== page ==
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Chemical tanker briefly detained in Iranian waters: UKMTO


Dryad Global identify tanker as SC Taipei

Tanker was previously in Fujairah, en route to Saudi Arabia

Middle East observed number of tanker attacks in 2018, 2019

  • Author
  • Eklavya Gupte    Aresu Eqbali
  • Editor
  • Debiprasad Nayak
  • Commodity
  • Petrochemicals Shipping

London — A chemical tanker which was attacked by armed men Tuesday and taken to Iranian waters has now been released, according to a notice by the United Kingdom Maritime Trade Operations (UKMTO), which monitors maritime security in the region.

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Maritime security consultancy Dryad Global said it had identified the SC Taipei as the likely "tanker" which had been boarded by armed men whilst at anchor.

Data from Platts trade flow service cFlow show that SC Taipei, which can hold a 20,000 mt cargo, was in Fujairah, UAE, before the ship diverted to the southwest tip of Iran's coast.

The UKMTO confirmed later Tuesday that the tanker has been released and "is now under the control of the master," adding that the ship and crew are safe.

The tanker was on its way to Jubail in Saudi Arabia, home to two oil refineries, before changing path to go to Iran, and is now just west of the Iranian port of Bandar e-Jask.

The SC Taipei was previously carrying a cargo of a petrochemical called styrene monomer, which is a key component in making plastics, cFlow data showed.

Representatives at Iran's oil ministry declined to comment on the incident.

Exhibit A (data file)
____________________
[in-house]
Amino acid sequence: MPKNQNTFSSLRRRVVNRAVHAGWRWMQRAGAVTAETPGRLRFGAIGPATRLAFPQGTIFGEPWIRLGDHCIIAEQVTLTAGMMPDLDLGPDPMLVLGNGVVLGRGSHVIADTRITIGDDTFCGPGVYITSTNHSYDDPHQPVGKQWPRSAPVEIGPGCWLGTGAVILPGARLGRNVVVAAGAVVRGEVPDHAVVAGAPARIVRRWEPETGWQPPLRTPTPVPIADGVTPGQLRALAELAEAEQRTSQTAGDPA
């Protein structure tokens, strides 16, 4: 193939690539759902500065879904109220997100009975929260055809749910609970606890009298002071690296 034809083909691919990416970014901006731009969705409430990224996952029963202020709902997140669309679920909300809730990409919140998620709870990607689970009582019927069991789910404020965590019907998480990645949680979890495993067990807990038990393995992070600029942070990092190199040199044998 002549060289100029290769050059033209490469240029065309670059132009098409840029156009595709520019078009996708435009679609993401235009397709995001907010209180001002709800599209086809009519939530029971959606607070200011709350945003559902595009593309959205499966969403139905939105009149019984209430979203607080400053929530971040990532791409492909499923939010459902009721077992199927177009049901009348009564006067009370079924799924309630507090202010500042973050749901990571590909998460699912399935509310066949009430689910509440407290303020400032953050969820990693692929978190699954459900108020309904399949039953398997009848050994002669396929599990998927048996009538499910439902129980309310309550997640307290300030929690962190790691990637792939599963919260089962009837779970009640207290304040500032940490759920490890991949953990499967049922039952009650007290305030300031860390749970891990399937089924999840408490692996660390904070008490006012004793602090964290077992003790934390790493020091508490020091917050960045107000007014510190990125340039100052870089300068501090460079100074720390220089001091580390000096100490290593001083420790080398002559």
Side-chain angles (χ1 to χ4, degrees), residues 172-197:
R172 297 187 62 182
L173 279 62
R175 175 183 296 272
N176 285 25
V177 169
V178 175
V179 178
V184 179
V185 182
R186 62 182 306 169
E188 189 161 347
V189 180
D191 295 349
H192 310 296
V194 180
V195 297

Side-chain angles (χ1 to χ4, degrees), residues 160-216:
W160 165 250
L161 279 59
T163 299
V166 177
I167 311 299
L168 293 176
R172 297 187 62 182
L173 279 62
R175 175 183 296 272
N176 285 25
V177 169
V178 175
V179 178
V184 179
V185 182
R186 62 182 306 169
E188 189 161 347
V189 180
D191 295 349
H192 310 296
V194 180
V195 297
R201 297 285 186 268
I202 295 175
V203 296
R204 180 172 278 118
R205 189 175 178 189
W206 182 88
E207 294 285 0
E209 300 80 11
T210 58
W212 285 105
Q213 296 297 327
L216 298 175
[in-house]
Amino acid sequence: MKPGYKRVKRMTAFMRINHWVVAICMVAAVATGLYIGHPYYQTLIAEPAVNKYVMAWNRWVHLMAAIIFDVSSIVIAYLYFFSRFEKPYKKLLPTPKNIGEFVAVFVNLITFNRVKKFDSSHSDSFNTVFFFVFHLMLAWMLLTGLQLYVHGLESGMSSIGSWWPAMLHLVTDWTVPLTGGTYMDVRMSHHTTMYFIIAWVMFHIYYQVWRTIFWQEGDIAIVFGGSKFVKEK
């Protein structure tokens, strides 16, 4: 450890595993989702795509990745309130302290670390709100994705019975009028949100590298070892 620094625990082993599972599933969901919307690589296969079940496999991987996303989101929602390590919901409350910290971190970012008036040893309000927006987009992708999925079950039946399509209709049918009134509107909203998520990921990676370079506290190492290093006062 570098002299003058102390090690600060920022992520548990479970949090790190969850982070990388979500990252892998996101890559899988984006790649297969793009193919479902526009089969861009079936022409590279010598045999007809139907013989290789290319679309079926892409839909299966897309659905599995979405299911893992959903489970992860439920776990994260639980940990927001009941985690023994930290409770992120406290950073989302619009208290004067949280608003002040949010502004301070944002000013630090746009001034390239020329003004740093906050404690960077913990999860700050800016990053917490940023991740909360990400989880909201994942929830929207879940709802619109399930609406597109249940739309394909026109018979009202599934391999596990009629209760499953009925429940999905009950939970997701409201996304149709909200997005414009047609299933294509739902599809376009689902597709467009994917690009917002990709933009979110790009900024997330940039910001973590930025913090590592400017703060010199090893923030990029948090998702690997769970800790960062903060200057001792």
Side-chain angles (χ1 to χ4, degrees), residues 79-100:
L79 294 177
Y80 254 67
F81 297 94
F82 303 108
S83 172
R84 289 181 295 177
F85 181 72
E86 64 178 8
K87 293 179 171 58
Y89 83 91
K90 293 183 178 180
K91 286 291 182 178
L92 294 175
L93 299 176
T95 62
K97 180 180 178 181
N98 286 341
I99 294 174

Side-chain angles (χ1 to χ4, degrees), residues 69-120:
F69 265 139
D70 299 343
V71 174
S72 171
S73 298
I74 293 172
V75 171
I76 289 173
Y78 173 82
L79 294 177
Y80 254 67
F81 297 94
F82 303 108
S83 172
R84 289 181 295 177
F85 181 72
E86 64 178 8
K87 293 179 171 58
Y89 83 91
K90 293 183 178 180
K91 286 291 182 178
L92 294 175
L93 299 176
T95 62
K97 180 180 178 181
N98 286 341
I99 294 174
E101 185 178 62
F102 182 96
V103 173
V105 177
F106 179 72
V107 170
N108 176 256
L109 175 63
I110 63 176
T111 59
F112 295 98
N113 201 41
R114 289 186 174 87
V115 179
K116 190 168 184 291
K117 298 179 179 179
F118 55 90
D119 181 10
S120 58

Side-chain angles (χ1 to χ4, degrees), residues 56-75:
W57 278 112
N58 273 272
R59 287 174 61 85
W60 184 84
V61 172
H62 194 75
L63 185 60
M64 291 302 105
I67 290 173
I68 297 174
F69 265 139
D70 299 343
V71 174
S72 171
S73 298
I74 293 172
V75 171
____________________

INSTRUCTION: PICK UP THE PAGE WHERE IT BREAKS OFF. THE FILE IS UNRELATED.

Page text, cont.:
The UKMTO said it is still monitoring the situation and advised all vessels in the vicinity to stay "vigilant" and "exercise caution."

"Details regarding this event remain fluid and it is currently unclear whether the vessel is in distress or is being assisted by Iran in some way," said Dryad Global in a report, adding that "her current location does not correspond with any known commercial activity in the region."

A representative at Fantasea Ship Management Pte. Ltd which operates the tanker was unavailable for comment.


This incident comes almost nine months after attacks on Saudi oil infrastructure and after a number of tanker-related incidents in the Strait of Hormuz chokepoint in 2019 and 2018, which raised geopolitical risks in the world's biggest oil producing basin.

Ship operators in the Middle East have been on high alert, and insurance rates have soared since tanker attacks in the Gulf of Oman last year. The US has blamed Iran for the attacks, although Iran denies responsibility. Tensions escalated after the US pulled out of the Iran nuclear deal, re-imposing sanctions on the country.

Iran has repeatedly issued threats to close or disrupt traffic through the Strait of Hormuz, should US sanctions block its oil shipments.